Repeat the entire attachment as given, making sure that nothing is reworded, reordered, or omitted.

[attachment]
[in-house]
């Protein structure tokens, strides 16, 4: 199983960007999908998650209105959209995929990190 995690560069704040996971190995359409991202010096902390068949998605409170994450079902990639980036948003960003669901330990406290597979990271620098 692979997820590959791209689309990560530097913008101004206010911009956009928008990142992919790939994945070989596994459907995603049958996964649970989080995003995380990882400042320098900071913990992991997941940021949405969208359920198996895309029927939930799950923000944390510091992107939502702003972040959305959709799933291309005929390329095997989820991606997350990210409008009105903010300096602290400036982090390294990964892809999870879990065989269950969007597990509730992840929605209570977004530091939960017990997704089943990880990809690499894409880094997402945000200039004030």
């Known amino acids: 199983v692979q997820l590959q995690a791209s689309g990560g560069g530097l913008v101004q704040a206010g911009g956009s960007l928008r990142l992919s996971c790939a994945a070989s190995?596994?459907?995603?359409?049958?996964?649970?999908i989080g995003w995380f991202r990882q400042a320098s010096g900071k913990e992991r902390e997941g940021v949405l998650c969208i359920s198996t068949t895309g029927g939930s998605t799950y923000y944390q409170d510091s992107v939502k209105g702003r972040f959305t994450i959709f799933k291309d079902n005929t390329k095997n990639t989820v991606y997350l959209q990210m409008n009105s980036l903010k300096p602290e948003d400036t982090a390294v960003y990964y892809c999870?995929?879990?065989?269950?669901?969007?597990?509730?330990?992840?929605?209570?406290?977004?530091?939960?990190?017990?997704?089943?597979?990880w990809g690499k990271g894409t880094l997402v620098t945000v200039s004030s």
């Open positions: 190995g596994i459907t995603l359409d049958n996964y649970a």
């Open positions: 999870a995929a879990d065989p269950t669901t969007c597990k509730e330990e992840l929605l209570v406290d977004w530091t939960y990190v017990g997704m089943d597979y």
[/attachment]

[in-house]
């Protein structure tokens, strides 16, 4: 199983960007999908998650209105959209995929990190 995690560069704040996971190995359409991202010096902390068949998605409170994450079902990639980036948003960003669901330990406290597979990271620098 692979997820590959791209689309990560530097913008101004206010911009956009928008990142992919790939994945070989596994459907995603049958996964649970989080995003995380990882400042320098900071913990992991997941940021949405969208359920198996895309029927939930799950923000944390510091992107939502702003972040959305959709799933291309005929390329095997989820991606997350990210409008009105903010300096602290400036982090390294990964892809999870879990065989269950969007597990509730992840929605209570977004530091939960017990997704089943990880990809690499894409880094997402945000200039004030």
């Known amino acids: 199983v692979q997820l590959q995690a791209s689309g990560g560069g530097l913008v101004q704040a206010g911009g956009s960007l928008r990142l992919s996971c790939a994945a070989s190995?596994?459907?995603?359409?049958?996964?649970?999908i989080g995003w995380f991202r990882q400042a320098s010096g900071k913990e992991r902390e997941g940021v949405l998650c969208i359920s198996t068949t895309g029927g939930s998605t799950y923000y944390q409170d510091s992107v939502k209105g702003r972040f959305t994450i959709f799933k291309d079902n005929t390329k095997n990639t989820v991606y997350l959209q990210m409008n009105s980036l903010k300096p602290e948003d400036t982090a390294v960003y990964y892809c999870?995929?879990?065989?269950?669901?969007?597990?509730?330990?992840?929605?209570?406290?977004?530091?939960?990190?017990?997704?089943?597979?990880w990809g690499k990271g894409t880094l997402v620098t945000v200039s004030s």
């Open positions: 190995g596994i459907t995603l359409d049958n996964y649970a």
């Open positions: 999870a995929a879990d065989p269950t669901t969007c597990k509730e330990e992840l929605l209570v406290d977004w530091t939960y990190v017990g997704m089943d597979y």